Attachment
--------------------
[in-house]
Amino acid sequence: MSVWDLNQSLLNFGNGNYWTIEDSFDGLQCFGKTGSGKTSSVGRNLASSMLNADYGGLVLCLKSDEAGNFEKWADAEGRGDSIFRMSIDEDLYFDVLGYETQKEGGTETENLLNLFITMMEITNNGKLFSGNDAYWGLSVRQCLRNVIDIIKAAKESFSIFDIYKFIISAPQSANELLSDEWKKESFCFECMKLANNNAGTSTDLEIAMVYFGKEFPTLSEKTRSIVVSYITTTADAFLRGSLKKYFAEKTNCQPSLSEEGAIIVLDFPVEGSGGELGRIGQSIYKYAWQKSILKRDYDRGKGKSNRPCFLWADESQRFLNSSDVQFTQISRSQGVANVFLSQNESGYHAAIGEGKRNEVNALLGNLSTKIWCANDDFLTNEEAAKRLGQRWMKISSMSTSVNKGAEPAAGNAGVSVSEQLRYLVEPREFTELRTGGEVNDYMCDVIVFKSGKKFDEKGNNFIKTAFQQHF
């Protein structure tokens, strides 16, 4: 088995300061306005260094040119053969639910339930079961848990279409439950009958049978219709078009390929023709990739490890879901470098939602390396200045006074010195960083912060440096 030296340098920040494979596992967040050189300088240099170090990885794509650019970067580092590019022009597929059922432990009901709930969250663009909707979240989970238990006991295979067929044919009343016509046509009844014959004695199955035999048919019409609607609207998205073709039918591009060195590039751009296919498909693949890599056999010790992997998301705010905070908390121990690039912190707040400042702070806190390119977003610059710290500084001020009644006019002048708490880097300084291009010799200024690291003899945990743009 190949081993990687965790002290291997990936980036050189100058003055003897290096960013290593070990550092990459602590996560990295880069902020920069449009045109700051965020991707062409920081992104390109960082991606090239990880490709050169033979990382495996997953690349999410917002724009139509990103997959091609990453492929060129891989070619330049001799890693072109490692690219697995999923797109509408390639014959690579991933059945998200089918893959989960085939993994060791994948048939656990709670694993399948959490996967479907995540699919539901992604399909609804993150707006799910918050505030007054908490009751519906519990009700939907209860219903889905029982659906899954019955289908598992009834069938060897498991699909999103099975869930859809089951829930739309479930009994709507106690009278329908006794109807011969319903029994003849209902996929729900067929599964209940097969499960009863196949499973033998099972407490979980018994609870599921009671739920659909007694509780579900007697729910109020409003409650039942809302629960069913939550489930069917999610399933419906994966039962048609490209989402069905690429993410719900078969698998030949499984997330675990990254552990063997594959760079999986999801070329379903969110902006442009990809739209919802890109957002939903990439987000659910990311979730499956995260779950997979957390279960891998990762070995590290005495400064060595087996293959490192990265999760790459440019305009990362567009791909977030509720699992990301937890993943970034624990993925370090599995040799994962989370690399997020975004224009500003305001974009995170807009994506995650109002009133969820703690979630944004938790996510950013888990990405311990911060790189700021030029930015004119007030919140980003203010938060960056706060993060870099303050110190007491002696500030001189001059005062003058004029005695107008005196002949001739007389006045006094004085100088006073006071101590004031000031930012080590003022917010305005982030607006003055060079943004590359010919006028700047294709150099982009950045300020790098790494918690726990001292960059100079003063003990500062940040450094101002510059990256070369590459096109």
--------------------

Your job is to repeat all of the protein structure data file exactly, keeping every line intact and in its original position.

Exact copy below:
[in-house]
Amino acid sequence: MSVWDLNQSLLNFGNGNYWTIEDSFDGLQCFGKTGSGKTSSVGRNLASSMLNADYGGLVLCLKSDEAGNFEKWADAEGRGDSIFRMSIDEDLYFDVLGYETQKEGGTETENLLNLFITMMEITNNGKLFSGNDAYWGLSVRQCLRNVIDIIKAAKESFSIFDIYKFIISAPQSANELLSDEWKKESFCFECMKLANNNAGTSTDLEIAMVYFGKEFPTLSEKTRSIVVSYITTTADAFLRGSLKKYFAEKTNCQPSLSEEGAIIVLDFPVEGSGGELGRIGQSIYKYAWQKSILKRDYDRGKGKSNRPCFLWADESQRFLNSSDVQFTQISRSQGVANVFLSQNESGYHAAIGEGKRNEVNALLGNLSTKIWCANDDFLTNEEAAKRLGQRWMKISSMSTSVNKGAEPAAGNAGVSVSEQLRYLVEPREFTELRTGGEVNDYMCDVIVFKSGKKFDEKGNNFIKTAFQQHF
């Protein structure tokens, strides 16, 4: 088995300061306005260094040119053969639910339930079961848990279409439950009958049978219709078009390929023709990739490890879901470098939602390396200045006074010195960083912060440096 030296340098920040494979596992967040050189300088240099170090990885794509650019970067580092590019022009597929059922432990009901709930969250663009909707979240989970238990006991295979067929044919009343016509046509009844014959004695199955035999048919019409609607609207998205073709039918591009060195590039751009296919498909693949890599056999010790992997998301705010905070908390121990690039912190707040400042702070806190390119977003610059710290500084001020009644006019002048708490880097300084291009010799200024690291003899945990743009 190949081993990687965790002290291997990936980036050189100058003055003897290096960013290593070990550092990459602590996560990295880069902020920069449009045109700051965020991707062409920081992104390109960082991606090239990880490709050169033979990382495996997953690349999410917002724009139509990103997959091609990453492929060129891989070619330049001799890693072109490692690219697995999923797109509408390639014959690579991933059945998200089918893959989960085939993994060791994948048939656990709670694993399948959490996967479907995540699919539901992604399909609804993150707006799910918050505030007054908490009751519906519990009700939907209860219903889905029982659906899954019955289908598992009834069938060897498991699909999103099975869930859809089951829930739309479930009994709507106690009278329908006794109807011969319903029994003849209902996929729900067929599964209940097969499960009863196949499973033998099972407490979980018994609870599921009671739920659909007694509780579900007697729910109020409003409650039942809302629960069913939550489930069917999610399933419906994966039962048609490209989402069905690429993410719900078969698998030949499984997330675990990254552990063997594959760079999986999801070329379903969110902006442009990809739209919802890109957002939903990439987000659910990311979730499956995260779950997979957390279960891998990762070995590290005495400064060595087996293959490192990265999760790459440019305009990362567009791909977030509720699992990301937890993943970034624990993925370090599995040799994962989370690399997020975004224009500003305001974009995170807009994506995650109002009133969820703690979630944004938790996510950013888990990405311990911060790189700021030029930015004119007030919140980003203010938060960056706060993060870099303050110190007491002696500030001189001059005062003058004029005695107008005196002949001739007389006045006094004085100088006073006071101590004031000031930012080590003022917010305005982030607006003055060079943004590359010919006028700047294709150099982009950045300020790098790494918690726990001292960059100079003063003990500062940040450094101002510059990256070369590459096109």